Not just seeing Israel—but giving back, too | The Jewish AgencyNot just seeing Israel—but giving back, too

Not just seeing Israel—but giving back, too

Kibbutz Hardouf, Israel

Not just seeing Israel—but giving back, too.
"With Project TEN, I wanted to come to Israel and be active. Not just take a look at Israel—I wanted to help people in Israel,” one volunteer says.

With Project TEN, I wanted to come to Israel and be active. Not just take a look at Israel—I wanted to help people in Israel.

Project TEN is a Jewish Agency service-learning program that brings young Jewish adults from Israel and around the world to volunteer, study, and travel together in Israel or developing regions.

Yakov Platt, a 24-year-old from Chicago went to Israel on The Jewish Agency’s Project TEN program, sometimes referred to as the ‘Jewish Peace Corps'. The program sends impassioned Jews from across the globe to underprivileged communities in countries such as Ghana, Uganda, Mexico, South Africa, and Israel. Participants can volunteer and make a difference through projects ranging from language training, to sustainability, to agricultural development.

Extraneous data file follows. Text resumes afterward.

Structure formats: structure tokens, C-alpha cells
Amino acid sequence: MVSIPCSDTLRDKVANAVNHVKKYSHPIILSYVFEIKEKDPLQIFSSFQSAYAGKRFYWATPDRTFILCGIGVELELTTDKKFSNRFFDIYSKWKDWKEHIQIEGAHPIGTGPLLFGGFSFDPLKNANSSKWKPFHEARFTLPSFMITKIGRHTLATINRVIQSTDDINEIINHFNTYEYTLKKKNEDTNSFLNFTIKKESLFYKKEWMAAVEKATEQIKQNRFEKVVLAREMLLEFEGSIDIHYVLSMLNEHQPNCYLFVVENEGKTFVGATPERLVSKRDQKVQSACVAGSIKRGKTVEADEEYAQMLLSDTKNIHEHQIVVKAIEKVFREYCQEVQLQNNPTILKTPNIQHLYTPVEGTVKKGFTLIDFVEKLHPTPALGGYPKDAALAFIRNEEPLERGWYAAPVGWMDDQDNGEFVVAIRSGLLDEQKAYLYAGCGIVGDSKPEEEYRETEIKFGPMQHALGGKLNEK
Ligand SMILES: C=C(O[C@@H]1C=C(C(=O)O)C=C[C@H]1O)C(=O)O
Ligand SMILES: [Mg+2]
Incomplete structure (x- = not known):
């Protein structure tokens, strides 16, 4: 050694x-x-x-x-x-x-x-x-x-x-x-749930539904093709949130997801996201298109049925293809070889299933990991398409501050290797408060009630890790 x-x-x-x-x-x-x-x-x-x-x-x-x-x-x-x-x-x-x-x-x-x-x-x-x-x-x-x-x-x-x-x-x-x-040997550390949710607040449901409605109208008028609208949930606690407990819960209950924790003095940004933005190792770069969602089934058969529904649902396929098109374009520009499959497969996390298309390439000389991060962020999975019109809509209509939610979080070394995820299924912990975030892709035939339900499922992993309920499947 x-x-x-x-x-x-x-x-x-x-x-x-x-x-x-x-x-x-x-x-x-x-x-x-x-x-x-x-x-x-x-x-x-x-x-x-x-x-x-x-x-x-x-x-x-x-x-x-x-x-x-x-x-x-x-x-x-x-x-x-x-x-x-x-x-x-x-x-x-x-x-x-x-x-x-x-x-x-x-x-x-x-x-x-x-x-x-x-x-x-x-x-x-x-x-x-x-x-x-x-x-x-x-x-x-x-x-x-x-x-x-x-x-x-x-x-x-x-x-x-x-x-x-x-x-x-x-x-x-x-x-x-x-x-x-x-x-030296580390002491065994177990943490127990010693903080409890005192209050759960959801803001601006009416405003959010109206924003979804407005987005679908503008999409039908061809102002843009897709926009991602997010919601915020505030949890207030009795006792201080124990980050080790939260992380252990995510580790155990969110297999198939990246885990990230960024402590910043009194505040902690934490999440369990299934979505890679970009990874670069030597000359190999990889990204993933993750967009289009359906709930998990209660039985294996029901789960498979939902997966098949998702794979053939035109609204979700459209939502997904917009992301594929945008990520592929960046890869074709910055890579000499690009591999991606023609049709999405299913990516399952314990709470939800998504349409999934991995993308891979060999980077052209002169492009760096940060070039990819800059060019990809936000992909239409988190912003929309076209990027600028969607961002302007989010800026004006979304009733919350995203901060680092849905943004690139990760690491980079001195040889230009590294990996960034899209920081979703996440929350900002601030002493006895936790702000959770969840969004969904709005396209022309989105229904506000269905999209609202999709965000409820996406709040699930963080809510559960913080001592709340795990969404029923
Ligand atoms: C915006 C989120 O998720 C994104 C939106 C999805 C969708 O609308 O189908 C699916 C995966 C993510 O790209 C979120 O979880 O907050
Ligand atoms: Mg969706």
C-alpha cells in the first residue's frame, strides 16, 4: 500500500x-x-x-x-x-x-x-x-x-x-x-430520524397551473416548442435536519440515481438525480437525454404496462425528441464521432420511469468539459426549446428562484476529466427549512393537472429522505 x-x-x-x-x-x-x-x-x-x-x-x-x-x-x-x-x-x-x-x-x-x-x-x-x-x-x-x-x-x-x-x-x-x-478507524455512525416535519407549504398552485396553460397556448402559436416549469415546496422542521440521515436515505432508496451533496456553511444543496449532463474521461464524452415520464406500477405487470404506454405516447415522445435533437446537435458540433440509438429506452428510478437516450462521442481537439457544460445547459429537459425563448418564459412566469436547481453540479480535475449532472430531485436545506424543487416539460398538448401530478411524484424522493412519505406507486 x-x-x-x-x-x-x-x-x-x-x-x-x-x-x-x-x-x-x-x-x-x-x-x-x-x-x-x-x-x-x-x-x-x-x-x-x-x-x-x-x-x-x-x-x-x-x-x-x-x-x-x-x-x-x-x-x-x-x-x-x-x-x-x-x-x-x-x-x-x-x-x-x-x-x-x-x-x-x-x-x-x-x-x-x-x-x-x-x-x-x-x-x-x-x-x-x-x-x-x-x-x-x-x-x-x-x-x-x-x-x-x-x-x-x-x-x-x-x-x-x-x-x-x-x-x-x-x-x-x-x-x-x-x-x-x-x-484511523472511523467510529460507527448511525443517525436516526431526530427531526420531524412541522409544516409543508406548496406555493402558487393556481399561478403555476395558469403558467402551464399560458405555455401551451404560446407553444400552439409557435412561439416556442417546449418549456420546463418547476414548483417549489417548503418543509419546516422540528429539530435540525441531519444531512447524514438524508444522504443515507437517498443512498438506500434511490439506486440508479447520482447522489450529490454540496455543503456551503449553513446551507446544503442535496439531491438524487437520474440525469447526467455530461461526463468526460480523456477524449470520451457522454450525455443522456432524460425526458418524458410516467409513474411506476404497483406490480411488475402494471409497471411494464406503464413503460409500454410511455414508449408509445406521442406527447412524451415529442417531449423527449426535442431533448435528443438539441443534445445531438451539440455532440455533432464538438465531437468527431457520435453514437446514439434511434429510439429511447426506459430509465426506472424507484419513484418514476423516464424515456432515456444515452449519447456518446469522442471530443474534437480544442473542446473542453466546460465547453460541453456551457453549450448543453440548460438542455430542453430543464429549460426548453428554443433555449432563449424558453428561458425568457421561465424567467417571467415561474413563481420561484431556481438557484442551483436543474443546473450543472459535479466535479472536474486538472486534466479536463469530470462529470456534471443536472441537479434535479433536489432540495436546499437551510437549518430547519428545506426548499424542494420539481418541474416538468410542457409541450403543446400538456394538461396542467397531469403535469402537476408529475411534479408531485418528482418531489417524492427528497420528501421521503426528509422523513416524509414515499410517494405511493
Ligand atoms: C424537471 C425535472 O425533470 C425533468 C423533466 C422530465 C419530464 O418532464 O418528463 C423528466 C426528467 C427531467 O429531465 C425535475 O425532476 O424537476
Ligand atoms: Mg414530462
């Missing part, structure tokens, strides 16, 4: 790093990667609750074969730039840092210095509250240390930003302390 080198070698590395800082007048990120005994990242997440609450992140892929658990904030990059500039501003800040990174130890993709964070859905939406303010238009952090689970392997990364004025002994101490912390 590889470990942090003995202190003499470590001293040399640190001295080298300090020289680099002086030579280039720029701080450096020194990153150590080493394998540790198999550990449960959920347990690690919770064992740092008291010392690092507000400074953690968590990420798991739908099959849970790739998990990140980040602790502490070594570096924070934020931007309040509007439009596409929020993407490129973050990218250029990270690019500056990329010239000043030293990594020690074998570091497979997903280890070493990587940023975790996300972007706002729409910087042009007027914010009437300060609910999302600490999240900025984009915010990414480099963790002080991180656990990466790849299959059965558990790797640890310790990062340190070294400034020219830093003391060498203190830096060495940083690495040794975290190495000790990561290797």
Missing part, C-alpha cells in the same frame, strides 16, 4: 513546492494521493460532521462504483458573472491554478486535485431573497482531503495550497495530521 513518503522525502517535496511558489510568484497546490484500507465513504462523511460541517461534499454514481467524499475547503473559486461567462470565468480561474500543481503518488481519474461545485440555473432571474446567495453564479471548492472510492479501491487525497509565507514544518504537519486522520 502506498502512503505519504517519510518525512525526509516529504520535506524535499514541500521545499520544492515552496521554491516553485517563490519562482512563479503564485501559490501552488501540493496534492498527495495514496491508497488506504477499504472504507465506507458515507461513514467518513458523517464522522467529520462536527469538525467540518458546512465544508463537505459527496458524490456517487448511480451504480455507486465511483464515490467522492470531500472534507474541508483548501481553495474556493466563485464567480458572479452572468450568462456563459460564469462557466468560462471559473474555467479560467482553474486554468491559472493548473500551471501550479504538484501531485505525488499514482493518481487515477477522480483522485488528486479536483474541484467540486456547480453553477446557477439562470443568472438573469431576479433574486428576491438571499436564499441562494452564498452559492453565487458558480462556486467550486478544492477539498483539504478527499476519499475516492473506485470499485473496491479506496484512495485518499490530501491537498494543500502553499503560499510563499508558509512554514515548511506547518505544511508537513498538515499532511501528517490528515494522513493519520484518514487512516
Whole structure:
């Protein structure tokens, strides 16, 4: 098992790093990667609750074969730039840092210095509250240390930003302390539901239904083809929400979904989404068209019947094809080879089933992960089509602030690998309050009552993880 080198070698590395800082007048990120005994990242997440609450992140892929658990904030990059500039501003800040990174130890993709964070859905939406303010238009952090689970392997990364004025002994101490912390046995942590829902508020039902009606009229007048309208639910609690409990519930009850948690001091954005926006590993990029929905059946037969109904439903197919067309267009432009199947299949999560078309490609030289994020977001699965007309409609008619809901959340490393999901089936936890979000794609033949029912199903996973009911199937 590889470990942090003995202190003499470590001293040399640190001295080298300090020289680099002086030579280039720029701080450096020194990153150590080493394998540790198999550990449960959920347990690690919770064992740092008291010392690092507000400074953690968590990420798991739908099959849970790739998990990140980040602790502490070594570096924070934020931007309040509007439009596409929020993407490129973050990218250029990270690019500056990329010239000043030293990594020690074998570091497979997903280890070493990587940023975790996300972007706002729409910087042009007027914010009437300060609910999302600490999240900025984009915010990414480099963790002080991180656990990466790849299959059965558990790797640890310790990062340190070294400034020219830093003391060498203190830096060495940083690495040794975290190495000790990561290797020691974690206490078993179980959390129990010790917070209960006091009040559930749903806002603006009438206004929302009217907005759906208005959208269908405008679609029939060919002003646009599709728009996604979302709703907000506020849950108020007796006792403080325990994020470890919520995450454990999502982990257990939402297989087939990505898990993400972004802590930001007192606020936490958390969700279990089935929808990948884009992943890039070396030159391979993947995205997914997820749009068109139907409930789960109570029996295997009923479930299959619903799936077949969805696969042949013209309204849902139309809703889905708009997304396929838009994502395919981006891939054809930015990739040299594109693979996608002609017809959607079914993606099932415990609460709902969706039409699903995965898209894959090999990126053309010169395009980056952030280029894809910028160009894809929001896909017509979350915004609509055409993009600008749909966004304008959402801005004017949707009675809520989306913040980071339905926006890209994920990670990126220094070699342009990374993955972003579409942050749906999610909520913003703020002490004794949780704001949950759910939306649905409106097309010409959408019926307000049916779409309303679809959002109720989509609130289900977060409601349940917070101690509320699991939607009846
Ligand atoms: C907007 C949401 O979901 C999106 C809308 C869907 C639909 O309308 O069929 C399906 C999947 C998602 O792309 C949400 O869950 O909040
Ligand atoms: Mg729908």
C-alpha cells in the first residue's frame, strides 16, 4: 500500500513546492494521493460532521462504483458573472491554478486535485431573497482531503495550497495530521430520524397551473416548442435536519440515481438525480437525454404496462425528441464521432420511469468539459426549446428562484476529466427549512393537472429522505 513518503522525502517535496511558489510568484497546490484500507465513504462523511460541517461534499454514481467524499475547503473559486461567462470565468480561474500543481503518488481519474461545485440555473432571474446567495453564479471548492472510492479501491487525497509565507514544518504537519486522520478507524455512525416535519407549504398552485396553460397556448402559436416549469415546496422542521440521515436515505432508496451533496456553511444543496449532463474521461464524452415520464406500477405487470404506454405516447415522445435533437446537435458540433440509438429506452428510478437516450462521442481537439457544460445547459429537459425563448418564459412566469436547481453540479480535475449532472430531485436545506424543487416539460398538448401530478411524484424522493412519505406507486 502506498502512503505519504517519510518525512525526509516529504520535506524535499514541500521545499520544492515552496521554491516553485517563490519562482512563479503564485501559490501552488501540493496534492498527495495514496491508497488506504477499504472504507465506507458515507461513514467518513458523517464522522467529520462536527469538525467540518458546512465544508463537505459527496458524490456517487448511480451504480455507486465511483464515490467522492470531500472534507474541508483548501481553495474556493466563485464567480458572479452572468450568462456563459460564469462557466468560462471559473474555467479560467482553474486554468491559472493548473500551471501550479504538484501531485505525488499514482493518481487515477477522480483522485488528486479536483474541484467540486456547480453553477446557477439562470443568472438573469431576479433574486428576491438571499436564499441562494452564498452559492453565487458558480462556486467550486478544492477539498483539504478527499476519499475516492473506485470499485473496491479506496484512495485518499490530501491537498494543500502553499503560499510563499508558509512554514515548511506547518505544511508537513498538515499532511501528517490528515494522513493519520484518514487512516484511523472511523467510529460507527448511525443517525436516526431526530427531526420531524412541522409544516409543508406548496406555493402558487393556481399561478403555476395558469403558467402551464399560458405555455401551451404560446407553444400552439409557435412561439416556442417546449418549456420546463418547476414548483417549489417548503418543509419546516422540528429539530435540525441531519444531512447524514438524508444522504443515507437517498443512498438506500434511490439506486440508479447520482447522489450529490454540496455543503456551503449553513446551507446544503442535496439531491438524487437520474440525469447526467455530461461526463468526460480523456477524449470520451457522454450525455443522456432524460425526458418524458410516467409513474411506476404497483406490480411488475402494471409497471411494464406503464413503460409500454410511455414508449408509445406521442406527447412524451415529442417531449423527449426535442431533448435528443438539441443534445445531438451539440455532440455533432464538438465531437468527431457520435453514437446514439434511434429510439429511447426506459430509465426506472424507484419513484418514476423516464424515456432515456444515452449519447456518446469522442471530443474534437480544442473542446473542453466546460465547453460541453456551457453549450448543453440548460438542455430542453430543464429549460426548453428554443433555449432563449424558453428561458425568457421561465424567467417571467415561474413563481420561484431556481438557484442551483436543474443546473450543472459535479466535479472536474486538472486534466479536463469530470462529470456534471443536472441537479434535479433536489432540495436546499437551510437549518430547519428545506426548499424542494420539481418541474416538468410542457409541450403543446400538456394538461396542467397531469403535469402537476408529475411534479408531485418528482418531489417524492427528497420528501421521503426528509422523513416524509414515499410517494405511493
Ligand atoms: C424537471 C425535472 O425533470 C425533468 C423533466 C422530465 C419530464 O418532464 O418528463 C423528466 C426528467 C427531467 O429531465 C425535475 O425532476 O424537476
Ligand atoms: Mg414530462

While Yakov Platt had been to Israel before, this time was different. "With Project TEN, I wanted to come to Israel and be active. Not just take a look at Israel—I wanted to help people in Israel,”

Platt was assigned to Kibbutz Hardouf in the Western Galilee, a Kibbutz maintained by Jewish and Arab co-Center Directors and Project Coordinators. There, he was immersed in a completely new culture. Platt worked to assist the local community and help bridge barriers between the region’s diverse population.

"Twice a week I teach English to Arab-Bedouin children, twice a week I work with senior citizens and people with disabilities, and one day a week I stay on the Kibbutz and work on things connected to sustainability," Platt explained. "My friends in the United States think there is only tension between Arabs and Jews - constant battle. But what I am seeing is much different. There is a special coexistence between Muslim Bedouin of the Galilee and the Jews who live here.”

Platt was excited to share the experiences he had in Israel. Not just the great work he did, but also to disprove the myths about segregation between the Jews and Arabs. It is an experience that has undoubtedly shaped his life forever.

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